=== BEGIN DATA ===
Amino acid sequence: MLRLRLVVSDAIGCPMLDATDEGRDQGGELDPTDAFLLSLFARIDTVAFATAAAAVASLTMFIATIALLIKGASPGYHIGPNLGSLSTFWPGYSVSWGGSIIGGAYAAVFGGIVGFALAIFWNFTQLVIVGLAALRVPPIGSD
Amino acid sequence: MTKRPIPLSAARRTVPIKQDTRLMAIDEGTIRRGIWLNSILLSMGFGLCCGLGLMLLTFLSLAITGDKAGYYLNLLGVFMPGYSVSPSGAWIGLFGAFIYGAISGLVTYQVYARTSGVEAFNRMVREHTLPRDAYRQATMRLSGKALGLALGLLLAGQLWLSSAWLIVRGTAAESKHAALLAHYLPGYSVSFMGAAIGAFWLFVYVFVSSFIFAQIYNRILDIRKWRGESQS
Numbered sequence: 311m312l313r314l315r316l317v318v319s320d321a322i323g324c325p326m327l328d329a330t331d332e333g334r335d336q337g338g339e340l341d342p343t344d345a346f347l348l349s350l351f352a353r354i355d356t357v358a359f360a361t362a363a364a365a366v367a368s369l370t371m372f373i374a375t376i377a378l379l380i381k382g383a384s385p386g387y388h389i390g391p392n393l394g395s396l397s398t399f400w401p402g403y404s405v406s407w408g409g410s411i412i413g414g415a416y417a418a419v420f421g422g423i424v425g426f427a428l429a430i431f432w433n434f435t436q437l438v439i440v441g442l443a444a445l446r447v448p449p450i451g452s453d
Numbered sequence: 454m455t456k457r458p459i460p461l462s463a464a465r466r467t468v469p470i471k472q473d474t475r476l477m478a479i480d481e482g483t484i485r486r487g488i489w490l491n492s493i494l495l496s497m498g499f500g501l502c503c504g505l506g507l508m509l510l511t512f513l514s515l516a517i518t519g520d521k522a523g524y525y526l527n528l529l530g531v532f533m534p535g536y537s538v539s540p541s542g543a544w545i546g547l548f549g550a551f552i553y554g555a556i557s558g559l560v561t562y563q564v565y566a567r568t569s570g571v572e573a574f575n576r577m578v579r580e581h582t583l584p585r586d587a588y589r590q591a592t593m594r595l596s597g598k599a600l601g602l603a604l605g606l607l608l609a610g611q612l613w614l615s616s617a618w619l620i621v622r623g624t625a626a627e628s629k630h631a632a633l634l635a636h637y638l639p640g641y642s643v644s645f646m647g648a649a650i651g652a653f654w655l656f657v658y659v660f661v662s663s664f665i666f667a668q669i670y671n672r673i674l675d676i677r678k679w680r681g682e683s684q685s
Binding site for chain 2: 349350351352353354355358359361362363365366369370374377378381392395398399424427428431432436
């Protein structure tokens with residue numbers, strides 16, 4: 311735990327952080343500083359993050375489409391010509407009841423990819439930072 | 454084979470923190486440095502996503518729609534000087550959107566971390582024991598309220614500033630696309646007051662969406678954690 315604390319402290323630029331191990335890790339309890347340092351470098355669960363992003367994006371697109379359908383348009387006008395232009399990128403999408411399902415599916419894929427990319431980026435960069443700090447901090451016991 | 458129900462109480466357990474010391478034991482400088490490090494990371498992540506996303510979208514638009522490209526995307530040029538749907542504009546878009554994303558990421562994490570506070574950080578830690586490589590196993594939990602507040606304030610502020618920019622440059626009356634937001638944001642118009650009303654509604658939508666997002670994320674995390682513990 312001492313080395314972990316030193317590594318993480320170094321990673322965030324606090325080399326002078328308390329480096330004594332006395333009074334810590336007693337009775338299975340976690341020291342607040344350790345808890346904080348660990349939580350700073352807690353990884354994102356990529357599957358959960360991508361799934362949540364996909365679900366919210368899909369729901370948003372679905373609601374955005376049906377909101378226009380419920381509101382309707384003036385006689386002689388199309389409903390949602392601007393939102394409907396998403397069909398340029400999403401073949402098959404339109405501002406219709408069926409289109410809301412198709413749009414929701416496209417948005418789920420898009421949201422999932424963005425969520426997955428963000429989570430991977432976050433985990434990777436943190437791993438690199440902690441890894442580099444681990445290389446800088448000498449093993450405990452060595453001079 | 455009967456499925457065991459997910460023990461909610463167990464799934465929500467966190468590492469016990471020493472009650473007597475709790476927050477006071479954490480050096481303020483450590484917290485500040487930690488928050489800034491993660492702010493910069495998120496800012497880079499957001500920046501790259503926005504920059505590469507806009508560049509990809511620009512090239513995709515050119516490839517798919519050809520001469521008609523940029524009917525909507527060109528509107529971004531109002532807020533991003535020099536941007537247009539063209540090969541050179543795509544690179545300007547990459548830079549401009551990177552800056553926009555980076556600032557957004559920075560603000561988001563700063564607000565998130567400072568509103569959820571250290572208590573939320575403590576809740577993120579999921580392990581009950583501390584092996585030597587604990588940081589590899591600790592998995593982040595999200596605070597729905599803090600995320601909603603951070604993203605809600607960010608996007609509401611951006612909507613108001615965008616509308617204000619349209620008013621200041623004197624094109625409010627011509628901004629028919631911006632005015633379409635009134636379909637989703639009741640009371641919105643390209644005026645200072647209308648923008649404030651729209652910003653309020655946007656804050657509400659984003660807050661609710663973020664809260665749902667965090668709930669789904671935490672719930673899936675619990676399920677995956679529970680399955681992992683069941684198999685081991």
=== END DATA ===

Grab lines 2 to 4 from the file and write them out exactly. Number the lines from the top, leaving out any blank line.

Amino acid sequence: MTKRPIPLSAARRTVPIKQDTRLMAIDEGTIRRGIWLNSILLSMGFGLCCGLGLMLLTFLSLAITGDKAGYYLNLLGVFMPGYSVSPSGAWIGLFGAFIYGAISGLVTYQVYARTSGVEAFNRMVREHTLPRDAYRQATMRLSGKALGLALGLLLAGQLWLSSAWLIVRGTAAESKHAALLAHYLPGYSVSFMGAAIGAFWLFVYVFVSSFIFAQIYNRILDIRKWRGESQS
Numbered sequence: 311m312l313r314l315r316l317v318v319s320d321a322i323g324c325p326m327l328d329a330t331d332e333g334r335d336q337g338g339e340l341d342p343t344d345a346f347l348l349s350l351f352a353r354i355d356t357v358a359f360a361t362a363a364a365a366v367a368s369l370t371m372f373i374a375t376i377a378l379l380i381k382g383a384s385p386g387y388h389i390g391p392n393l394g395s396l397s398t399f400w401p402g403y404s405v406s407w408g409g410s411i412i413g414g415a416y417a418a419v420f421g422g423i424v425g426f427a428l429a430i431f432w433n434f435t436q437l438v439i440v441g442l443a444a445l446r447v448p449p450i451g452s453d
Numbered sequence: 454m455t456k457r458p459i460p461l462s463a464a465r466r467t468v469p470i471k472q473d474t475r476l477m478a479i480d481e482g483t484i485r486r487g488i489w490l491n492s493i494l495l496s497m498g499f500g501l502c503c504g505l506g507l508m509l510l511t512f513l514s515l516a517i518t519g520d521k522a523g524y525y526l527n528l529l530g531v532f533m534p535g536y537s538v539s540p541s542g543a544w545i546g547l548f549g550a551f552i553y554g555a556i557s558g559l560v561t562y563q564v565y566a567r568t569s570g571v572e573a574f575n576r577m578v579r580e581h582t583l584p585r586d587a588y589r590q591a592t593m594r595l596s597g598k599a600l601g602l603a604l605g606l607l608l609a610g611q612l613w614l615s616s617a618w619l620i621v622r623g624t625a626a627e628s629k630h631a632a633l634l635a636h637y638l639p640g641y642s643v644s645f646m647g648a649a650i651g652a653f654w655l656f657v658y659v660f661v662s663s664f665i666f667a668q669i670y671n672r673i674l675d676i677r678k679w680r681g682e683s684q685s